Corduroy Mansions is the first book in a new series from Alexander McCall Smith. It features a cast of characters connected to one another by Corduroy Mansions, the building in which some of the characters live. There's William, who tries a variety of methods to get his son Eddie to move out on his own; Marcia, who's sweet on William; a quartet of young women who live downstairs; the MP Oedipus Snark, who's hated by many people including his own mother Berthea; Barbara Ragg, who'd love to get her claws into William; and many others. Oh, and there's also Freddie do la Hay, a vegetarian terrier, who insist on wearing a seatbelt.

I loved this book. I wouldn't be surprised if this book turns up on the best seller lists. Smith is a fantastic storyteller. His sense of humour and irony make this book appealing and inviting. The characters and storyline are quaint, quirky, delightful, charming and outrageously funny. A pure delight to read. I love how he writes. His writing isn't overly complicated, which makes it easy to read. He does, however, throw in a word now and then that is new to me and seems totally foreign(see new words below). I'm sure those with a larger vocabulary will recognize the words or be able to decipher their meaning, but not me. Some of the time, I'm not even sure they are belong to the English language. I love being exposed to new words, so I love it.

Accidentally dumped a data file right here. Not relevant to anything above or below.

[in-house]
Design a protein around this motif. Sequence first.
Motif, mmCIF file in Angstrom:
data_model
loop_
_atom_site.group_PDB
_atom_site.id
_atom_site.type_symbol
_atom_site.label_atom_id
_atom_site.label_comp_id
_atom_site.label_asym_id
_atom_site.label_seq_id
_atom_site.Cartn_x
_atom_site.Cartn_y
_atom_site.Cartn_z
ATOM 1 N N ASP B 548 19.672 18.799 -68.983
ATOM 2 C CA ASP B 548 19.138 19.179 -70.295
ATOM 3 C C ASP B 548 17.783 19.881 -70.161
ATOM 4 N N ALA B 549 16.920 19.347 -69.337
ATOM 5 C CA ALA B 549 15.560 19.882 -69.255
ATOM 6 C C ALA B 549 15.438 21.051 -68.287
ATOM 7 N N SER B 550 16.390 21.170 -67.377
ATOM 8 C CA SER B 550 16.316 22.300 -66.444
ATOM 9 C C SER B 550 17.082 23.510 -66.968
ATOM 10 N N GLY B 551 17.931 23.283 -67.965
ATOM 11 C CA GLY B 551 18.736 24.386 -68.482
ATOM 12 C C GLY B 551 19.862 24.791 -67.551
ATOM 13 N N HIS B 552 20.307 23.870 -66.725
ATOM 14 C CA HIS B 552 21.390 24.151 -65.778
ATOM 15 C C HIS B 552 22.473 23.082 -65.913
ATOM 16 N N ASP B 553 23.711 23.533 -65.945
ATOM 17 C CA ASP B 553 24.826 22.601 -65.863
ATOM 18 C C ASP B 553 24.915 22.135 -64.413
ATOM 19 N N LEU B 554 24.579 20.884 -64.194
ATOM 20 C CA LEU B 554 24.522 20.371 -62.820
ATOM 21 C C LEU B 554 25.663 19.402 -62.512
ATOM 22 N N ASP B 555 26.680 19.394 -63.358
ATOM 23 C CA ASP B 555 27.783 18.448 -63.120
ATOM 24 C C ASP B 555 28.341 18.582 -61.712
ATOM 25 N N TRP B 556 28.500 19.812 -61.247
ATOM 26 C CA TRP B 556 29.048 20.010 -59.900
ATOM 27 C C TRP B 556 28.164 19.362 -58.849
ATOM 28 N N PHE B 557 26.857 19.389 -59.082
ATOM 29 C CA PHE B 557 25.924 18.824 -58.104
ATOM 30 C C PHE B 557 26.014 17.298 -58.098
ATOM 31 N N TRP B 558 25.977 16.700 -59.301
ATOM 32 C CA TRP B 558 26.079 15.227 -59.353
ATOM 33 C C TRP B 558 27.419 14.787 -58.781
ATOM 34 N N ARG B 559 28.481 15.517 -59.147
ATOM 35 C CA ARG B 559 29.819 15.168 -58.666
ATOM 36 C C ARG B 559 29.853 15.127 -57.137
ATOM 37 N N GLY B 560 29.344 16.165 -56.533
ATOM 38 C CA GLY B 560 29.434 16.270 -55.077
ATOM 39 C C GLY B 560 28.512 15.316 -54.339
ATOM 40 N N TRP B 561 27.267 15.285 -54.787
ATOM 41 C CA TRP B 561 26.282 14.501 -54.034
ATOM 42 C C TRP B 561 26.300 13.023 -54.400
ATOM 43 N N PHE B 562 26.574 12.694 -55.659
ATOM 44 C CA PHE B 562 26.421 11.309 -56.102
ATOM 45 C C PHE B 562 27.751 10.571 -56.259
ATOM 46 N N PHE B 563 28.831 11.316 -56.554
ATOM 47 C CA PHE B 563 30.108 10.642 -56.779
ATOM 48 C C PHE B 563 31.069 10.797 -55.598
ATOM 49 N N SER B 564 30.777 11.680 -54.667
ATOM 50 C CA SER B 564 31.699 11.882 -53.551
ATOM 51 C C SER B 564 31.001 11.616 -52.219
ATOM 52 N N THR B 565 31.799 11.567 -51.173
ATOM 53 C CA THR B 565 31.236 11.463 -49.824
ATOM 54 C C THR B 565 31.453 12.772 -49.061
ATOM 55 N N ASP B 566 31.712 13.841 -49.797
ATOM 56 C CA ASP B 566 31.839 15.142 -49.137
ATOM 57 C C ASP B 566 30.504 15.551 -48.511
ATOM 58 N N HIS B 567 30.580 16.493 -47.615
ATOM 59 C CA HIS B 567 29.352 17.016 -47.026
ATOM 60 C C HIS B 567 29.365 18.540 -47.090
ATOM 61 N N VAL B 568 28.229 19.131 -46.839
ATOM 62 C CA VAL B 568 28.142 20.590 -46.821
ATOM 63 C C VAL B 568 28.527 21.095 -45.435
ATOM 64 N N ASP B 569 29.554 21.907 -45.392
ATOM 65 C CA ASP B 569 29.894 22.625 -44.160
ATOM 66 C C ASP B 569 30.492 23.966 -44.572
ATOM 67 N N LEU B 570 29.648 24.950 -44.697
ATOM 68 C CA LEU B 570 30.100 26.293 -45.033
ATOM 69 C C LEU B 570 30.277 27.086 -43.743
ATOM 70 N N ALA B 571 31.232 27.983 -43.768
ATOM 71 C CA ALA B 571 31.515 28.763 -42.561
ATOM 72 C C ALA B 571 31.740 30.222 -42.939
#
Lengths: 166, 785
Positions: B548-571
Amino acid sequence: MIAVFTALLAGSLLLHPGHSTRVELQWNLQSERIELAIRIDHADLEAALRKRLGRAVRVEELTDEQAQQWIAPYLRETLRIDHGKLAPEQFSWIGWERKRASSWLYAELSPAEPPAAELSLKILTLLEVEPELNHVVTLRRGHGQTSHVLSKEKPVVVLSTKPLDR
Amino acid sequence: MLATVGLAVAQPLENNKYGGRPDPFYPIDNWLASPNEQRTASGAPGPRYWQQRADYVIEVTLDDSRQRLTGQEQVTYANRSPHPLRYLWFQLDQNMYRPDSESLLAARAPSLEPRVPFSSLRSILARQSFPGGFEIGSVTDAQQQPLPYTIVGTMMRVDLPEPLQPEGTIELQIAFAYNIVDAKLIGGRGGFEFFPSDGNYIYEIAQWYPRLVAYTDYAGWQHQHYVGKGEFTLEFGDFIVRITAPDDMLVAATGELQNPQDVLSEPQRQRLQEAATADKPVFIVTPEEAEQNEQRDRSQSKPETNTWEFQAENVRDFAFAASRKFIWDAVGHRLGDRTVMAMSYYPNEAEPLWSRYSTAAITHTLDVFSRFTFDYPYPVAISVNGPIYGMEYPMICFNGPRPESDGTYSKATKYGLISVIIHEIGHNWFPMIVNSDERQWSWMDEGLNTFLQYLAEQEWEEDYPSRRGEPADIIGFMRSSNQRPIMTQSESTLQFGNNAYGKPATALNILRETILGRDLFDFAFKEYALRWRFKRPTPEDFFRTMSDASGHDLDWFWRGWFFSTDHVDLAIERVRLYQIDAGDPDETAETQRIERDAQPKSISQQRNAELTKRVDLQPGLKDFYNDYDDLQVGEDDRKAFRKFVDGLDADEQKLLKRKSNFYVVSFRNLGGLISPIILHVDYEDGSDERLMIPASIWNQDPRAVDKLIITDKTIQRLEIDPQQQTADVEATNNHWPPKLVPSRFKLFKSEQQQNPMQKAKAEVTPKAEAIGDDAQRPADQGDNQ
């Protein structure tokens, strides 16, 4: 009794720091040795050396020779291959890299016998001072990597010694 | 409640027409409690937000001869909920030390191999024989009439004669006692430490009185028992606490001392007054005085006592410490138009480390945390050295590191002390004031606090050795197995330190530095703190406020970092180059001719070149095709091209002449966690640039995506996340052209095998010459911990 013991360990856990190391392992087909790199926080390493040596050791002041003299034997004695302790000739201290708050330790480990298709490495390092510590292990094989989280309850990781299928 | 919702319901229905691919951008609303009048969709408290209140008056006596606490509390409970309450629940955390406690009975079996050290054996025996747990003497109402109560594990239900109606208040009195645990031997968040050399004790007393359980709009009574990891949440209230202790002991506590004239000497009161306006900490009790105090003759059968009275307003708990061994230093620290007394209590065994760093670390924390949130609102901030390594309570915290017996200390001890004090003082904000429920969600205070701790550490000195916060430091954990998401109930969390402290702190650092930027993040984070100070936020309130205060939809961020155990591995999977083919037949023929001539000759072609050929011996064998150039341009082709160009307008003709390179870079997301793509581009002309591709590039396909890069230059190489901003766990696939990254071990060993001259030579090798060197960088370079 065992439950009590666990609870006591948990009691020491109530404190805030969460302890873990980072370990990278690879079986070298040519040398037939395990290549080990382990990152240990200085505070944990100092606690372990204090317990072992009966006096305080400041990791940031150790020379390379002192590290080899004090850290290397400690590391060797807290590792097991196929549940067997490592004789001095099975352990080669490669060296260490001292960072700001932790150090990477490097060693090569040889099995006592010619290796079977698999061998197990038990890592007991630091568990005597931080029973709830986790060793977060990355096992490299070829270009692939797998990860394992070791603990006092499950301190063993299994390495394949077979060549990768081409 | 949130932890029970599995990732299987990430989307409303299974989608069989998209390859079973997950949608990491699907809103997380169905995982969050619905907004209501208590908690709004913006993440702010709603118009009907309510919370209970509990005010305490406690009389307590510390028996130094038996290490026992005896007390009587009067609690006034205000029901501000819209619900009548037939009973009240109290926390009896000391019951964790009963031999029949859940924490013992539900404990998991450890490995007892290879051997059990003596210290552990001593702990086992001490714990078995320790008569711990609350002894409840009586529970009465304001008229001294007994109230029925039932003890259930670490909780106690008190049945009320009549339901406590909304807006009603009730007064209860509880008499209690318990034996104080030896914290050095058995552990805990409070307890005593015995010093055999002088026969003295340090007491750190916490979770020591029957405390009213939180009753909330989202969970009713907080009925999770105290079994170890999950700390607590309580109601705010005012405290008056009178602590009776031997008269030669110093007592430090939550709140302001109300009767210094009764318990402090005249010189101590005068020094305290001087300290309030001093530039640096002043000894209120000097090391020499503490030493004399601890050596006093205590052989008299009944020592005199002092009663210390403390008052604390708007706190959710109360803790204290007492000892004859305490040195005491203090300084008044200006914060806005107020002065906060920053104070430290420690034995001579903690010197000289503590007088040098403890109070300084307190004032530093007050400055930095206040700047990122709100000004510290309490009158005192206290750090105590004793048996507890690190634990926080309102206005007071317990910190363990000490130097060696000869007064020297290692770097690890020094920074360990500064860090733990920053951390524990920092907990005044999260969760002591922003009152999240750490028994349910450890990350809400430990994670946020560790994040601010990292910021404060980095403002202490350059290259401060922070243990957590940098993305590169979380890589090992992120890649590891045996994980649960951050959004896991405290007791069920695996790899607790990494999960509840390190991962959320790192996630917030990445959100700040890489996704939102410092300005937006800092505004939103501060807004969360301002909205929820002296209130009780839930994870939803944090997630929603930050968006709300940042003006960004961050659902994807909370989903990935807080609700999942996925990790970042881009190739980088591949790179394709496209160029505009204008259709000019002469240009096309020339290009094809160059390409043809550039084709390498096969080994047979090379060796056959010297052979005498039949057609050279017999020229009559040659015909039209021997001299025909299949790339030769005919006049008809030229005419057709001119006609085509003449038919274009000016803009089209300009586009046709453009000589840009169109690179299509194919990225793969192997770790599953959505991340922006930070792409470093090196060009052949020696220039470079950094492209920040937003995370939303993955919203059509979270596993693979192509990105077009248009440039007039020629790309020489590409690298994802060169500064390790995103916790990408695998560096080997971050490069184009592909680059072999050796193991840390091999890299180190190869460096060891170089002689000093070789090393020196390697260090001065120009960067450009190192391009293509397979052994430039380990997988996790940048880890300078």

His characters are truly outstanding. Sure, some of them are a bit odd and quirky, but they are also very human. My favourites would certainly include: William, because of his hilarious methods to get rid of his son; Terence (Berthea's brother), because of his odd choice of cars; and of course Freddie, because, well, just because. There wasn't one in the bunch that I didn't love reading about.

This isn't the first book of Smith's I've read. I've also read a few books in The No. 1 Ladies' Detective Agency series, as well as the standalone book La's Orchestra Saves the World. I think I liked the latter one a bit more than this one, but just by just a hair.

I love the cover on this book. The dog is absolutely adorable. My one complaint is that this dog doesn't look capable of carrying a box/bag of shoes as he does in the story. Nevertheless, he remains as cute as can be. The book is also dotted with illustrations that further enhance the story. Nicely done.